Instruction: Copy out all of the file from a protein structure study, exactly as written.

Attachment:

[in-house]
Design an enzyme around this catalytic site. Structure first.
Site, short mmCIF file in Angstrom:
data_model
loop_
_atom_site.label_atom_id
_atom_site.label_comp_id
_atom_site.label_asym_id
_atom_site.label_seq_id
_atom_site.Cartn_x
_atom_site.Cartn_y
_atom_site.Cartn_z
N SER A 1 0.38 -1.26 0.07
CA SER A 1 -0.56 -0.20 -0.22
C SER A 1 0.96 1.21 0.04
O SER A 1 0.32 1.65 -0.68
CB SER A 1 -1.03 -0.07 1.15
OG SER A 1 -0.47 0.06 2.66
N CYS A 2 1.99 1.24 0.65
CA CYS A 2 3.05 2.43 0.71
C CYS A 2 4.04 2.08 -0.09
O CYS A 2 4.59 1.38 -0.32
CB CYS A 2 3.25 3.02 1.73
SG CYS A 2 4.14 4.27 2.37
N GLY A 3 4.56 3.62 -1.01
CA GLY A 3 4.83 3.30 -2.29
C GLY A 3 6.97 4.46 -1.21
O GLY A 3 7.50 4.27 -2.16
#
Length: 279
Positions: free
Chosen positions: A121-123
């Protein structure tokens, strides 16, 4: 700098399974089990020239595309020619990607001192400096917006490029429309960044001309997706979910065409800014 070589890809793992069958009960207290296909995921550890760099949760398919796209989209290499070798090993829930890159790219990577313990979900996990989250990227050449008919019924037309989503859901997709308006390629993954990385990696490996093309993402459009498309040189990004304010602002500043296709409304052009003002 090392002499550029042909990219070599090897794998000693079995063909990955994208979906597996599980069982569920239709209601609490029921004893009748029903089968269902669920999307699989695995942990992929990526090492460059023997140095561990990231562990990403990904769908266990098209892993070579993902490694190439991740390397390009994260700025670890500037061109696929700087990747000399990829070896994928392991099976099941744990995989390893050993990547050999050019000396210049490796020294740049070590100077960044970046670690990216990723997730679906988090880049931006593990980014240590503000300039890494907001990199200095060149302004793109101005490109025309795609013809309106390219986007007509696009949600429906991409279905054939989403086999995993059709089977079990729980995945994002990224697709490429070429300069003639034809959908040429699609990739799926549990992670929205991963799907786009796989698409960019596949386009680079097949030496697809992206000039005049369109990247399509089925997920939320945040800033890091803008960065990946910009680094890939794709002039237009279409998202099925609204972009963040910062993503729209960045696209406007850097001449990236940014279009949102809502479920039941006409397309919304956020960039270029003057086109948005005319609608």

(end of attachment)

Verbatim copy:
[in-house]
Design an enzyme around this catalytic site. Structure first.
Site, short mmCIF file in Angstrom:
data_model
loop_
_atom_site.label_atom_id
_atom_site.label_comp_id
_atom_site.label_asym_id
_atom_site.label_seq_id
_atom_site.Cartn_x
_atom_site.Cartn_y
_atom_site.Cartn_z
N SER A 1 0.38 -1.26 0.07
CA SER A 1 -0.56 -0.20 -0.22
C SER A 1 0.96 1.21 0.04
O SER A 1 0.32 1.65 -0.68
CB SER A 1 -1.03 -0.07 1.15
OG SER A 1 -0.47 0.06 2.66
N CYS A 2 1.99 1.24 0.65
CA CYS A 2 3.05 2.43 0.71
C CYS A 2 4.04 2.08 -0.09
O CYS A 2 4.59 1.38 -0.32
CB CYS A 2 3.25 3.02 1.73
SG CYS A 2 4.14 4.27 2.37
N GLY A 3 4.56 3.62 -1.01
CA GLY A 3 4.83 3.30 -2.29
C GLY A 3 6.97 4.46 -1.21
O GLY A 3 7.50 4.27 -2.16
#
Length: 279
Positions: free
Chosen positions: A121-123
């Protein structure tokens, strides 16, 4: 700098399974089990020239595309020619990607001192400096917006490029429309960044001309997706979910065409800014 070589890809793992069958009960207290296909995921550890760099949760398919796209989209290499070798090993829930890159790219990577313990979900996990989250990227050449008919019924037309989503859901997709308006390629993954990385990696490996093309993402459009498309040189990004304010602002500043296709409304052009003002 090392002499550029042909990219070599090897794998000693079995063909990955994208979906597996599980069982569920239709209601609490029921004893009748029903089968269902669920999307699989695995942990992929990526090492460059023997140095561990990231562990990403990904769908266990098209892993070579993902490694190439991740390397390009994260700025670890500037061109696929700087990747000399990829070896994928392991099976099941744990995989390893050993990547050999050019000396210049490796020294740049070590100077960044970046670690990216990723997730679906988090880049931006593990980014240590503000300039890494907001990199200095060149302004793109101005490109025309795609013809309106390219986007007509696009949600429906991409279905054939989403086999995993059709089977079990729980995945994002990224697709490429070429300069003639034809959908040429699609990739799926549990992670929205991963799907786009796989698409960019596949386009680079097949030496697809992206000039005049369109990247399509089925997920939320945040800033890091803008960065990946910009680094890939794709002039237009279409998202099925609204972009963040910062993503729209960045696209406007850097001449990236940014279009949102809502479920039941006409397309919304956020960039270029003057086109948005005319609608």